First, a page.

Problems Served
Aging, Anxiety/Panic Disorders, Depression, Eating Disorders, Family Dysfunction, Grief/Loss, Interpersonal Relationships, Parenting Issues, Phobias, Pregnancy/Childbirth, Sexual Abuse/Rape, Stress, Trauma/PTSD, Education/Personal Development, Immigration/
Populations Served
ACOA (Adult Children of Alcoholics), Children of Divorce, Gay/Lesbian/Bisexual, Caregivers, Cancer Patients, Obese or Overweight
Membership Organizations
HelpPro.com
Age Groups Served
Young Adults (18-25), Adults (26-59), Seniors (60 +)

Data Provided By:
Mr. Scott Cubberly
Scott W. Cubberly, LCSW
(360) 791-6486
1822 Black Lake Blvd SW Suite 102
Olympia, WA
Credentials
Credentials: LCSW
Licensed in Washington
21 Years of Experience
Problems Served
Anxiety/Panic Disorders, Behavioral Problems, Couple or Marital Issues, Depression, Family Dysfunction, Interpersonal Relationships, Parenting Issues, Trauma/PTSD
Populations Served
Children of Divorce, Military/Veterans, Caregivers, Step Families, Grandparents
Membership Organizations
HelpPro.com
Age Groups Served
Adolescents (13-17), Young Adults (18-25), Adults (26-59), Seniors (60 +)

Data Provided By:
Data Provided By:

Father and Son Relationship

Father and Son Bonding

...

Babies, and children younger than two years of age, often express preference for the mom over the dad. However, this changes between the ages of two and four when children start to look upon the dad as a partner in play. Young boys, especially, look upon their dads as heroes and try to imitate the way they talk, dress, and act.

Here are some of the reasons for the father-son bond:

  • Shared empathy: If little boys enjoy special closeness with their fathers , part of the reason is the common biological identity that they share. This mutual identification results in the development of a strong empathy between them.

  • Role modeling: Dads play an important part in the development of their sons. The role of the father is, in fact, an important counterpart to the one played by the mother. Little boys look to their fathers for a representation of what 'manliness' means; this influence remains with them even as they grow up to become fathers themselves.

  • Nurturing and authority: Being called upon to assume the father's role is a challenge. It compels men to review and redefine who they are themselves. In this sense, sons influence their fathers, by inducing them to develop their own sense of caring, responsibility, and paternal authority.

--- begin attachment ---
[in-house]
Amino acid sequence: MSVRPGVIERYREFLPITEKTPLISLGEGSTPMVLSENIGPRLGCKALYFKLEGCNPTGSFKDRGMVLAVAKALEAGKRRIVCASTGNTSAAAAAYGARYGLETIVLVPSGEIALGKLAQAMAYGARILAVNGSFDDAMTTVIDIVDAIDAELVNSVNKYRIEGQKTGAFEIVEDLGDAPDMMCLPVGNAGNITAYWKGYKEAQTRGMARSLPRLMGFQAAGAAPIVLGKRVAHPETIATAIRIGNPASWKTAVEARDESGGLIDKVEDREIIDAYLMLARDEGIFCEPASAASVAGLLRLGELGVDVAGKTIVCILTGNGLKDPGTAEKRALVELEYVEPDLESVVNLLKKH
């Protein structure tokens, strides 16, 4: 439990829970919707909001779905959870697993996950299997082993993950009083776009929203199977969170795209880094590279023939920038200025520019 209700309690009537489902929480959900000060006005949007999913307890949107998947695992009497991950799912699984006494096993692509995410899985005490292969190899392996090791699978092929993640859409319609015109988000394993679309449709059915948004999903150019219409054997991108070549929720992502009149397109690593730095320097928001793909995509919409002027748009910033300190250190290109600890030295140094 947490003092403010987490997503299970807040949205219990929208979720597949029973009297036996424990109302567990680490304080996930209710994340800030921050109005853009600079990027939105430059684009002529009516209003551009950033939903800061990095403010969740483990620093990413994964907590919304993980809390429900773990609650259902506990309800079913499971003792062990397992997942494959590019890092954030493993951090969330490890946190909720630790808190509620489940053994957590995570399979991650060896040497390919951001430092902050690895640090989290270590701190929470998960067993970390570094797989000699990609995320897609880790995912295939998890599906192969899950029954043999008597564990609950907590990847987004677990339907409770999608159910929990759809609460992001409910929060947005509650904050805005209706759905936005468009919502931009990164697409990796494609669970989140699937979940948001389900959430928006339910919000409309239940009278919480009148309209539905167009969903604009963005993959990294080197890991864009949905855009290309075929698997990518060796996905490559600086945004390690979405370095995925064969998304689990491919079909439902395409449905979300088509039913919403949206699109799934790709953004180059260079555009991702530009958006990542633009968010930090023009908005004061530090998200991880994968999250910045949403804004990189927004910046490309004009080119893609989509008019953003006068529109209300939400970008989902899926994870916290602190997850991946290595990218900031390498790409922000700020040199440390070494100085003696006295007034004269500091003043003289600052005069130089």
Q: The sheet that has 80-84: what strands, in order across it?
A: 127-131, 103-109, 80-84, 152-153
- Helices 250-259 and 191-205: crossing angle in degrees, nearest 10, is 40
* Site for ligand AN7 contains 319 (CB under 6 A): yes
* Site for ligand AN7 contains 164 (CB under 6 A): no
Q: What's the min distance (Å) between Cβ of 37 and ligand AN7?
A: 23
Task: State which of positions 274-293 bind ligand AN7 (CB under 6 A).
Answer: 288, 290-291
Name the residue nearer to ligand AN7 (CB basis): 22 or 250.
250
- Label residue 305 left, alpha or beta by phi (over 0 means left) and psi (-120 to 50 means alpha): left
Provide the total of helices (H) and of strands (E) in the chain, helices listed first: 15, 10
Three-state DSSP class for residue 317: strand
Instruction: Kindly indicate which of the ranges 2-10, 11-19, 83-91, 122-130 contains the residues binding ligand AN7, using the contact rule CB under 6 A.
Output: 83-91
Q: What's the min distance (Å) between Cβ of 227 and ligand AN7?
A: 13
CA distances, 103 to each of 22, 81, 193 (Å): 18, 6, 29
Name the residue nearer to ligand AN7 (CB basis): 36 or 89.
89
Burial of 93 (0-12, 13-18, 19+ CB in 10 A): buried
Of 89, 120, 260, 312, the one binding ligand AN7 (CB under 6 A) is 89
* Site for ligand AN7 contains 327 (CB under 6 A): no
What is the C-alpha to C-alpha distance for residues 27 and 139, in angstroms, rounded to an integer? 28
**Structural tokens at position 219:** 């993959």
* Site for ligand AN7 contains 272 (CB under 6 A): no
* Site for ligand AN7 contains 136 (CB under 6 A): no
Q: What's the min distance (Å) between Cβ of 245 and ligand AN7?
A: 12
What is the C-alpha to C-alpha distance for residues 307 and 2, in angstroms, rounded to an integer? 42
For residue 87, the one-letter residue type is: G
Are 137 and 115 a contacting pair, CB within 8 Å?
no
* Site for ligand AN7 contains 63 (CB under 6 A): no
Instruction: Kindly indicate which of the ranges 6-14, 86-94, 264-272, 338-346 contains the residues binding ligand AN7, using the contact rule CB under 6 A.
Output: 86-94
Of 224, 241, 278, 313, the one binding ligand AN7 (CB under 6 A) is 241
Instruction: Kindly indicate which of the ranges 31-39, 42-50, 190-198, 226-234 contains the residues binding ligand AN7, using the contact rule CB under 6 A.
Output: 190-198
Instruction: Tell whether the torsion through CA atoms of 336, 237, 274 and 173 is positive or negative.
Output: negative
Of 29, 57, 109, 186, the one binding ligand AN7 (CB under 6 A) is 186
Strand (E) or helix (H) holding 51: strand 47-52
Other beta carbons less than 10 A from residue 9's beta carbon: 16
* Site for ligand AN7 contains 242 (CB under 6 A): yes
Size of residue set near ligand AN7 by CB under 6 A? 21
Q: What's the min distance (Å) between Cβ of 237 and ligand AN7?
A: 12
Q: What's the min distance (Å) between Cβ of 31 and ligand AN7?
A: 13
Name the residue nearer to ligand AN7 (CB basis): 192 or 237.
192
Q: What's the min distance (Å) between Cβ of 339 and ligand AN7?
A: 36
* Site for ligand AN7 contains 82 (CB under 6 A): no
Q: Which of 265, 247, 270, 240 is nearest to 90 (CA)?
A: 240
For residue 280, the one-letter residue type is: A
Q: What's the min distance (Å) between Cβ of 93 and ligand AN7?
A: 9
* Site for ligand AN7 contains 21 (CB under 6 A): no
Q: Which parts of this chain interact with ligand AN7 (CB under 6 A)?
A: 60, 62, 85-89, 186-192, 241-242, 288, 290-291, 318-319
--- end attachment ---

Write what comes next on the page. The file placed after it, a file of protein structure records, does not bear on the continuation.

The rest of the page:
Click here to read the rest of this article from GreatDad.com

Parenting Advice, Compilation of Great Parenting Advice

Best Parenting Advice - Part I


Here is a compilation of all the great parenting advice that we received from readers over the years.

Parenting Advice #1: Lock your bedroom door.
Some people put a cowbell on their kids' door. Just don't count on hearing a knock before you hear the worst words, "daddy, what are you doing to mommy." A lock is very cheap insurance.

Parenting Advice #2: Take thousands and thousands of photos.
With digital that's easy to do. The trick is to edit them so that your computer isn't storing thousands and thousands of pictures. Garry Winogrand, the great 20th century black and white photographer died with 2500 rolls of undeveloped film. He shot and shot and his skill was in finding the diamonds in the rough. With kids, this is doubly important since they rarely sit still for perfect images. The more you shoot, the better chance you'll capture the real them.

Leave a loaded camera on the kitchen counter and be ready for every photo opportunity. The worst camera to have is the one you don't have with you when the perfect shot happens. Rather than buying a super-duper camera, the best dad photographers have a fairly cheap point and shoot camera that's small enough to keep in a pocket and always at the ready.

Parenting Advice #3: Learn how to juggle.
Juggling amazes small and even big children. It's something you can teach them later and it's a basic dad skill.
Parenting Advice #4: Kiss y...

Click here to read the rest of this article from GreatDad.com